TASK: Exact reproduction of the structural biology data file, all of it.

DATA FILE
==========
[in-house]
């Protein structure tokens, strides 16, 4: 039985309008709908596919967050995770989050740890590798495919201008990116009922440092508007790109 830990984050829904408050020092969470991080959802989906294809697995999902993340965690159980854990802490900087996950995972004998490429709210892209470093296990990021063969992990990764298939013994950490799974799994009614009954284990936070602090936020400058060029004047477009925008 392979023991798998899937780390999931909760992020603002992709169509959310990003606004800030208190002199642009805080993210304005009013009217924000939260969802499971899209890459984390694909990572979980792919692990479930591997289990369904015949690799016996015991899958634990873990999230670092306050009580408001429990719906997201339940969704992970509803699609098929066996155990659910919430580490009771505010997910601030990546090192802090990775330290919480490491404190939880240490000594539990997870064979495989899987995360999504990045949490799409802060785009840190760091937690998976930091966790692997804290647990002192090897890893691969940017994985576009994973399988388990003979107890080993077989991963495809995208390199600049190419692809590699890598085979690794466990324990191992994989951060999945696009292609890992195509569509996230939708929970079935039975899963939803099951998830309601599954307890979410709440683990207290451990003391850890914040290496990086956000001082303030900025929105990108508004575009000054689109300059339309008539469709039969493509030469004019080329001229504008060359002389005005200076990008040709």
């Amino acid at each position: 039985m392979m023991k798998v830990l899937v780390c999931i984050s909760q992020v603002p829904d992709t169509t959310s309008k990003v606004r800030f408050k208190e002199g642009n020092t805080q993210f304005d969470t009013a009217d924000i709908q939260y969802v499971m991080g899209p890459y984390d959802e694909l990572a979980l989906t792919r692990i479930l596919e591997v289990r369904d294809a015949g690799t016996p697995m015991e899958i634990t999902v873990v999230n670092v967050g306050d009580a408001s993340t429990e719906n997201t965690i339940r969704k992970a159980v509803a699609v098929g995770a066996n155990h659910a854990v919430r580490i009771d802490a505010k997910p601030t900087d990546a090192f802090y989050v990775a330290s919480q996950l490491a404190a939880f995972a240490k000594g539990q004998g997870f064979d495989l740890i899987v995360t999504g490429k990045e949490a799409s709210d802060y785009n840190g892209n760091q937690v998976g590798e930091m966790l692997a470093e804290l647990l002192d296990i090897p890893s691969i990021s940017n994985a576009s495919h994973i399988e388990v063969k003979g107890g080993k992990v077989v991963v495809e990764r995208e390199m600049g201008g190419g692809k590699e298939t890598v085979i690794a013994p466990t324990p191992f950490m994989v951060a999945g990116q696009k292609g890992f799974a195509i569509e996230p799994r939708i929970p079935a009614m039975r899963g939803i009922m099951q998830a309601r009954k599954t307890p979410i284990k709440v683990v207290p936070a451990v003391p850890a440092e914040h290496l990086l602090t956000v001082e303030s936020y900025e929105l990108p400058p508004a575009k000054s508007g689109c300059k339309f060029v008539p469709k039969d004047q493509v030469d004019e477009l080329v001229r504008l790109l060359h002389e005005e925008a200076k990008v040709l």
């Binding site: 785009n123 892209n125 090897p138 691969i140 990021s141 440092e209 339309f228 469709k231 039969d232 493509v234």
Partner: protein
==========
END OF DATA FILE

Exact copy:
[in-house]
């Protein structure tokens, strides 16, 4: 039985309008709908596919967050995770989050740890590798495919201008990116009922440092508007790109 830990984050829904408050020092969470991080959802989906294809697995999902993340965690159980854990802490900087996950995972004998490429709210892209470093296990990021063969992990990764298939013994950490799974799994009614009954284990936070602090936020400058060029004047477009925008 392979023991798998899937780390999931909760992020603002992709169509959310990003606004800030208190002199642009805080993210304005009013009217924000939260969802499971899209890459984390694909990572979980792919692990479930591997289990369904015949690799016996015991899958634990873990999230670092306050009580408001429990719906997201339940969704992970509803699609098929066996155990659910919430580490009771505010997910601030990546090192802090990775330290919480490491404190939880240490000594539990997870064979495989899987995360999504990045949490799409802060785009840190760091937690998976930091966790692997804290647990002192090897890893691969940017994985576009994973399988388990003979107890080993077989991963495809995208390199600049190419692809590699890598085979690794466990324990191992994989951060999945696009292609890992195509569509996230939708929970079935039975899963939803099951998830309601599954307890979410709440683990207290451990003391850890914040290496990086956000001082303030900025929105990108508004575009000054689109300059339309008539469709039969493509030469004019080329001229504008060359002389005005200076990008040709």
């Amino acid at each position: 039985m392979m023991k798998v830990l899937v780390c999931i984050s909760q992020v603002p829904d992709t169509t959310s309008k990003v606004r800030f408050k208190e002199g642009n020092t805080q993210f304005d969470t009013a009217d924000i709908q939260y969802v499971m991080g899209p890459y984390d959802e694909l990572a979980l989906t792919r692990i479930l596919e591997v289990r369904d294809a015949g690799t016996p697995m015991e899958i634990t999902v873990v999230n670092v967050g306050d009580a408001s993340t429990e719906n997201t965690i339940r969704k992970a159980v509803a699609v098929g995770a066996n155990h659910a854990v919430r580490i009771d802490a505010k997910p601030t900087d990546a090192f802090y989050v990775a330290s919480q996950l490491a404190a939880f995972a240490k000594g539990q004998g997870f064979d495989l740890i899987v995360t999504g490429k990045e949490a799409s709210d802060y785009n840190g892209n760091q937690v998976g590798e930091m966790l692997a470093e804290l647990l002192d296990i090897p890893s691969i990021s940017n994985a576009s495919h994973i399988e388990v063969k003979g107890g080993k992990v077989v991963v495809e990764r995208e390199m600049g201008g190419g692809k590699e298939t890598v085979i690794a013994p466990t324990p191992f950490m994989v951060a999945g990116q696009k292609g890992f799974a195509i569509e996230p799994r939708i929970p079935a009614m039975r899963g939803i009922m099951q998830a309601r009954k599954t307890p979410i284990k709440v683990v207290p936070a451990v003391p850890a440092e914040h290496l990086l602090t956000v001082e303030s936020y900025e929105l990108p400058p508004a575009k000054s508007g689109c300059k339309f060029v008539p469709k039969d004047q493509v030469d004019e477009l080329v001229r504008l790109l060359h002389e005005e925008a200076k990008v040709l």
């Binding site: 785009n123 892209n125 090897p138 691969i140 990021s141 440092e209 339309f228 469709k231 039969d232 493509v234």
Partner: protein